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The pundit in Room 325

YouTube critiques turn student into guru for presidential hopefuls.

June 16, 2007|Jim Puzzanghera | Times Staff Writer

WASHINGTON — During the 2004 presidential campaign, the radical way for candidates to reach young voters in college dormitories was to appear on "The Daily Show With Jon Stewart." This time around, some candidates have gone straight to the dorm rooms.

Not just any room, but Room 325, a single on the third floor of a red-brick residence hall at Georgetown University here. Two long-shot presidential hopefuls have trekked there to meet James Kotecki, a 21-year-old international politics major who has become the candidates' unlikely guide to the YouTube demographic.

In January, right about the time that presidential hopefuls began experimenting with posting campaign videos on the Internet, Kotecki started critiquing their efforts through YouTube videos of his own. Talking to pencil-puppet versions of the candidates, the self-described "huge political geek" dispensed campaign advice from his dimly lighted room, where shelves stocked with Pringles and Special K served as the backdrop.

The campaigns paid attention. Kotecki became a kind of unpaid online video consultant, with candidates taking his tips and sending back video responses.

Rep. Ron Paul, a Texas Republican, and former Alaska Sen. Mike Gravel, a Democrat, even visited Kotecki's dorm room for serious, sit-down interviews that he posted on YouTube.

Kotecki's graduation last month meant that he left the dorm room behind, but not his influence. On Thursday Democratic candidate Rep. Dennis J. Kucinich of Ohio joined Kotecki for a YouTube video they shot in a Capitol Hill park. A Republican hopeful, former Arkansas Gov. Mike Huckabee, recently did the same at a Washington fundraiser.

"I'm not going to say never in my wildest dreams would I have ever expected this, because I have a tendency to dream pretty big, but it's not really something I could have predicted," Kotecki said of his newfound notoriety. "YouTube is a total crapshoot."

And Kotecki got lucky.

Before he became the unofficial VJ for the 2008 presidential campaign, Kotecki was just another kid with a video camera.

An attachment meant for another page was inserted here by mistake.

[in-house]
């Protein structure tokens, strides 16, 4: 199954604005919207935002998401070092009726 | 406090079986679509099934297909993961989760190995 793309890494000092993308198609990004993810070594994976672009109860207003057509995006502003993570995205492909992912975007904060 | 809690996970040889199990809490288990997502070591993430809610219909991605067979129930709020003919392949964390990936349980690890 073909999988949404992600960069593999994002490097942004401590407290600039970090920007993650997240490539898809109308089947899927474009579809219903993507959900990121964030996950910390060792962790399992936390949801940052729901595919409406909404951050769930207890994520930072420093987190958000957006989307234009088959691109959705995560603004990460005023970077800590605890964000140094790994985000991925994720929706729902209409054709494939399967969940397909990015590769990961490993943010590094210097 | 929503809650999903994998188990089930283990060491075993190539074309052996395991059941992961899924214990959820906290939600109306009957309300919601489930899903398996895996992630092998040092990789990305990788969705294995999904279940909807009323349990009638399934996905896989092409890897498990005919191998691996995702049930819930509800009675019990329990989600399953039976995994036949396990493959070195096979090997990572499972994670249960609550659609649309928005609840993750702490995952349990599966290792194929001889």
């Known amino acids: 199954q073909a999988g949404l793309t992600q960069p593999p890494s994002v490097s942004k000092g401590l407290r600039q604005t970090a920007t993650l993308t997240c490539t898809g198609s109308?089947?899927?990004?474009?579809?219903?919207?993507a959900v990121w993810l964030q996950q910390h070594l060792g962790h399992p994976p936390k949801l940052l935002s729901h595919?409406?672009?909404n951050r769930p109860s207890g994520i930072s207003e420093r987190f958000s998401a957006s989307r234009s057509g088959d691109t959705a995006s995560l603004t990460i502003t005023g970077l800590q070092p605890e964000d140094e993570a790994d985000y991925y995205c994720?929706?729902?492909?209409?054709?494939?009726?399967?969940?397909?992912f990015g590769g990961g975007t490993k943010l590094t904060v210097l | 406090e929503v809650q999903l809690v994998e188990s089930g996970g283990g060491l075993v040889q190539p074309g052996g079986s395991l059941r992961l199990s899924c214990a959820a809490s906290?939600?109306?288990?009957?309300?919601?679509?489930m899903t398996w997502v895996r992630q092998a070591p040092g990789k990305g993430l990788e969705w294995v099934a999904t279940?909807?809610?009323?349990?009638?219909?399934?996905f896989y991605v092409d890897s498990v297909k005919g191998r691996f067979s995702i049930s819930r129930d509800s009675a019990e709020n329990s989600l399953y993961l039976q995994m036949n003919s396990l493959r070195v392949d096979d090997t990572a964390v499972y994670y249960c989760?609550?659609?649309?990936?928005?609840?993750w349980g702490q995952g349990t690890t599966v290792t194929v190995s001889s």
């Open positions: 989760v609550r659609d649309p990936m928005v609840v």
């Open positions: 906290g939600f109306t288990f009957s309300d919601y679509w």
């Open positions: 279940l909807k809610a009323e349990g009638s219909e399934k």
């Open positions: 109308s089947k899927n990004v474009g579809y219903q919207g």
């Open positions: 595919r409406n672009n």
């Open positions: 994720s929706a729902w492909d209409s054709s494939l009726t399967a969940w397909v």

He often broke up his studies at Georgetown by surfing the offerings on YouTube, the video-sharing site. When he bought a Web camera in January, he decided to join the craze.

"Everyone else is doing it," he thought. "It seems like they're having a good time."

Kotecki started recording his opinions, two or three minutes at a time, about how each presidential candidate was using the video site. He posts them on his blog,, and on YouTube.

Occasionally wearing a blazer and sometimes even a tie, the clean-cut Kotecki delivered his opinions rapid-fire to squeeze as much content as possible into each short video.

They were no-frills productions, spiced with the standard YouTube accouterments: cheap props (pencil puppets made with black-and-white head shots of candidates and handwritten signs), improvised sound effects, pop culture references ("Star Wars" and "Fat Albert") and a peculiar screen name (EmergencyCheese -- after a goofy business idea he had in the 11th grade to produce special containers of cheese to be used in an emergency).

"Your YouTube presence is weak," he told Sen. Joseph R. Biden Jr. (D-Del.). He praised former North Carolina Sen. John Edwards, a Democrat, for focusing on specific issues and keeping his videos short, while encouraging Sen. Barack Obama (D-Ill.) to show more of his sense of humor.

For Sen. Christopher J. Dodd (D-Conn.), Kotecki had some practical suggestions -- talk directly to the camera, use different backgrounds. "I'd also recommend sitting up straight," he said.

These were not earth-shattering insights, but Kotecki was one of the only people making them. His critiques were focused, well-researched and creative.

Steve Grove, head of news and politics at YouTube, discovered Kotecki's videos and decided to feature them on the site's home page, providing major exposure.

"It was this really earnest, intelligent, smart, young kid saying, 'Hey I want to talk with the candidates. Let's have a two-way conversation,' " Grove said. "It seemed genuine."

Kotecki's attention turned to politics in high school. He spent part of his junior year as a congressional page and fell in love with Washington. Georgetown was a natural college choice, and living in the nation's capital only further fueled his interest in politics.

When he started making YouTube videos, Kotecki researched and recorded them between classes or at night, cobbling them together with the software that came on his laptop computer. His girlfriend, Emily Freifeld, lent expertise from her broadcast journalism studies. He posted them on YouTube and sent them to the presidential campaigns.

The campaigns didn't ignore them.

Edwards posted a written "Thanks" to Kotecki's YouTube page in February. About a month later, Kucinich went one better, addressing Kotecki directly in a 50-second video response, taking his advice for tighter close-ups.

"My advisor," Kucinich said, holding up his own pencil puppet of Kotecki.

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